There is another transitive ÜBERsetzen with the meaning “cross over”, in two special contexts: crossing a foot over when dancing, or finger crossing when playing the piano. Duden examples: bei diesem Tanz muss der Fuß übergesetzt werden; das Übersetzen üben (Musik; beim Klavierspielen mit einem Finger über den Daumen greifen).. Note again how the the use of the passive (muß übergesetzt werden) avoids splitting the verb up.

    The imperative forms allow separation, indeed there’s no way around it. A piano teacher might well say to a student: an dieser Stelle setz den Finger über ! So what’s weird, as I claim, about Er setzt das Buch auf den Tisch über ? For one thing, you don’t setzen a book on the table, you legen it. You setzen something that stands-by-its-nature: Setz/stell die Lampe auf den Tisch !. Er setzt das Buch auf den Tisch über sounds like the English sentence would sound: “He ferries the book onto the table”.

  2. Something just occurred to me that may vitiate my claim about “avoiding separation” of the transitive übersetzen. I am a landlubber living in a landlocked location, so I don’t often hear uses of übersetzen at all. Up on the north coast things might well be different.

    My claim that the example sentence sounds weird still stands.

  3. John Cowan says:

    GT thinks that Er setzt das Buch auf den Tisch über means “He put the book down on the table”, for what that’ s worth. It seems to me that it might also mean “He passed the book across the table”, as in what you do if you are sitting across from someone and the someone says “Let me see that book”, this being the sense of crossing a gulf that you mention.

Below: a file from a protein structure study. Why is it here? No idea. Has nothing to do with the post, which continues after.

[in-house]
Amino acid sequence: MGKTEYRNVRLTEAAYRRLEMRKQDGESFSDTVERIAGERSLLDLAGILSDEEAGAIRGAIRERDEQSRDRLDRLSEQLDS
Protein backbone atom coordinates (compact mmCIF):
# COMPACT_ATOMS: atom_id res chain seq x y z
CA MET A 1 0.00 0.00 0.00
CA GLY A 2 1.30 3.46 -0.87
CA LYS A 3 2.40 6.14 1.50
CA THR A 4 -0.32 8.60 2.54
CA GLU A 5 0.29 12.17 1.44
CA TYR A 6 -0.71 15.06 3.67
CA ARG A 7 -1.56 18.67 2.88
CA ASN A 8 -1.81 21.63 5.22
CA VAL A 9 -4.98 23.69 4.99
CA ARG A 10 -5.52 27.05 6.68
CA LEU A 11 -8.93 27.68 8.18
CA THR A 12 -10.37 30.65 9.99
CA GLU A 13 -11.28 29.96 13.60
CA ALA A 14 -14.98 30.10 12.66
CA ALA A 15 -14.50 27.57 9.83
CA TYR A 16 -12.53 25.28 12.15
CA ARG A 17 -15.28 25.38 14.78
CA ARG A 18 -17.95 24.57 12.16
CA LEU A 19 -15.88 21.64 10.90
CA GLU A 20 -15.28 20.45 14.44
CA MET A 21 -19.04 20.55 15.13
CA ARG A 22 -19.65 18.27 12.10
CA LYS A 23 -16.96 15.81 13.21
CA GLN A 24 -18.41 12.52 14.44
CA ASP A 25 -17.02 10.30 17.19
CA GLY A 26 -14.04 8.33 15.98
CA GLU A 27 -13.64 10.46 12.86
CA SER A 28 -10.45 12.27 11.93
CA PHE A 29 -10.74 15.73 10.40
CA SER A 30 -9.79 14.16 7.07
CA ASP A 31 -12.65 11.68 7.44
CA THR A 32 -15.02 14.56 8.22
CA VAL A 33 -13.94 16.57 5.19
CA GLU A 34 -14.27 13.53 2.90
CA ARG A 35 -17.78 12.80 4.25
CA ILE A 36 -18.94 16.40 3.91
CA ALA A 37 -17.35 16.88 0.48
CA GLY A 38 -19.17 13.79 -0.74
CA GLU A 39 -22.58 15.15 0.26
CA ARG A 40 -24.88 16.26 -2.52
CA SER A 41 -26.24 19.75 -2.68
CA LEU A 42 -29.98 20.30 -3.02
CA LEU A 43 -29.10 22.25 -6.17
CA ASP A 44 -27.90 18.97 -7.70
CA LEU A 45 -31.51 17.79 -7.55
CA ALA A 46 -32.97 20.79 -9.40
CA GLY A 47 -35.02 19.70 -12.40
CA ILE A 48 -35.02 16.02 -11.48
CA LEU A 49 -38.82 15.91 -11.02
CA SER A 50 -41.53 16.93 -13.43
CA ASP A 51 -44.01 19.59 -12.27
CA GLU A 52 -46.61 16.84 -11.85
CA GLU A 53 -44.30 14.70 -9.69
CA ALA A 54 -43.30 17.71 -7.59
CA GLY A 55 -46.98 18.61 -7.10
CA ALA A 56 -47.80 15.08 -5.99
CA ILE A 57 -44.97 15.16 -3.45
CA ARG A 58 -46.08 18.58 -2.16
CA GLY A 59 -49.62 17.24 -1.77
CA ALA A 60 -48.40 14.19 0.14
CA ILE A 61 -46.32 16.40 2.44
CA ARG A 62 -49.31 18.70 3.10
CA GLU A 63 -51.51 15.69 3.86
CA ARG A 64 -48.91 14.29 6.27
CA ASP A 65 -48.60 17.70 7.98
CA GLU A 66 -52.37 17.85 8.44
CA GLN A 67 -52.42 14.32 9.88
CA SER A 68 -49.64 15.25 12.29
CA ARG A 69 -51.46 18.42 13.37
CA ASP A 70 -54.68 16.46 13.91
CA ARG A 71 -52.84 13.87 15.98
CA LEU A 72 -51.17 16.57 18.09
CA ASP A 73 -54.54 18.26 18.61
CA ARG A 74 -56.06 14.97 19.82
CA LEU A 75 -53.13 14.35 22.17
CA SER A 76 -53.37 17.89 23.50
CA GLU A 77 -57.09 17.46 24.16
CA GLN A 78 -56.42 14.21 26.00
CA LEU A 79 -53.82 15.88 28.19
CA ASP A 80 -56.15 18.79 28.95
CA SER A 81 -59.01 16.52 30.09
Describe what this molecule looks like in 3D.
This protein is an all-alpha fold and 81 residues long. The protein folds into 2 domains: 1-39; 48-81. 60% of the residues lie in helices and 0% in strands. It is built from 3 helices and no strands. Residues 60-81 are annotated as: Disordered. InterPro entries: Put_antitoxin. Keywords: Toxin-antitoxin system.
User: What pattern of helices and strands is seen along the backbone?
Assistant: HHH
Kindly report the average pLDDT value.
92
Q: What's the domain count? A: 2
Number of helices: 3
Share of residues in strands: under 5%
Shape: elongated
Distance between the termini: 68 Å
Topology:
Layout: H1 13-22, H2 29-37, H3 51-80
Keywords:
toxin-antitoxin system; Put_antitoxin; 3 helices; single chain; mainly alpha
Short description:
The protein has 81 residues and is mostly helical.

On the other hand, GT renders Er hat übersetzt das Buch auf den Tisch as “He has translated the book on the table”, where I suppose auf den Tisch simply serves to identify the book in question and is not relevant to its being translated.

  4. It’s a bit confusing in English, “translate” having two senses: “conveyed in a different language” and as in “translated far beyond the daughters of men”.

    Er setzt das Buch auf den Tisch über no way means “He put the book down on the table”. That would be er legt (or, in a pinch, stellt) das Buch auf den Tisch” – no über in sight or mind. “He passed the book across the table” would be er reichte das Buch über den Tisch.

    Er hat übersetzt das Buch auf den Tisch sounds Yiddishy. überSETZT here is a different word = “translated”, the pp of ÜBERsetzt is is ÜBERgesetzt Apart from that it may even be faulty Yiddish, because of den instead of dem – assuming the book is lying on the table.

    The standard form would be Er hat das Buch auf demTisch übersetzt = “he translated the book [lying] on the table”. Er hat das Buch auf denTisch übersetzt cannot mean “He has translated the book [lying] on the table”, but only something like “He has conveyed-in-a-different-language the book onto the table”.

  5. Typo correction: the pp of ÜBERsetzen is ÜBERgesetzt.

  6. You can use English “on the table” in two ways: “the book is lying on the table” and “he put the book on the table”. In German these sentences require different cases after auf: das Buch liegt auf dem Tisch versus er legte das Buch auf den Tisch. So to speak, you have a choice in English between “on” and “onto” in the second sentence, but in the corredponding German you have no choice but to say auf den Tisch.

  7. I have a suspicion that many people with only some German are not effectively aware that there distinctions in German between visually identical words that mean different things, but are pronounced and conjugated differently: ÜBERsetzen = “[be] convey[ed] across” and überSETZen = “convey in a different language”.

  8. I just thought of a sentence that may have been provided to Goetz (who probably doesn’t speak German fluently, given that weird sentence she provides) and that she merely misconveyed : Er setzte die Lampe rüber auf den Tisch. This is not identical ÜBERsetzen, but just setzen with a free-floating particle. All of these things I’ve written about are good examples of the shifting-sandy “Germanic prepositions and verbal elements” that Goetz discusses.

  9. Goddammit, I meant to write Er stellte die Lampe rüber auf den Tisch</iY.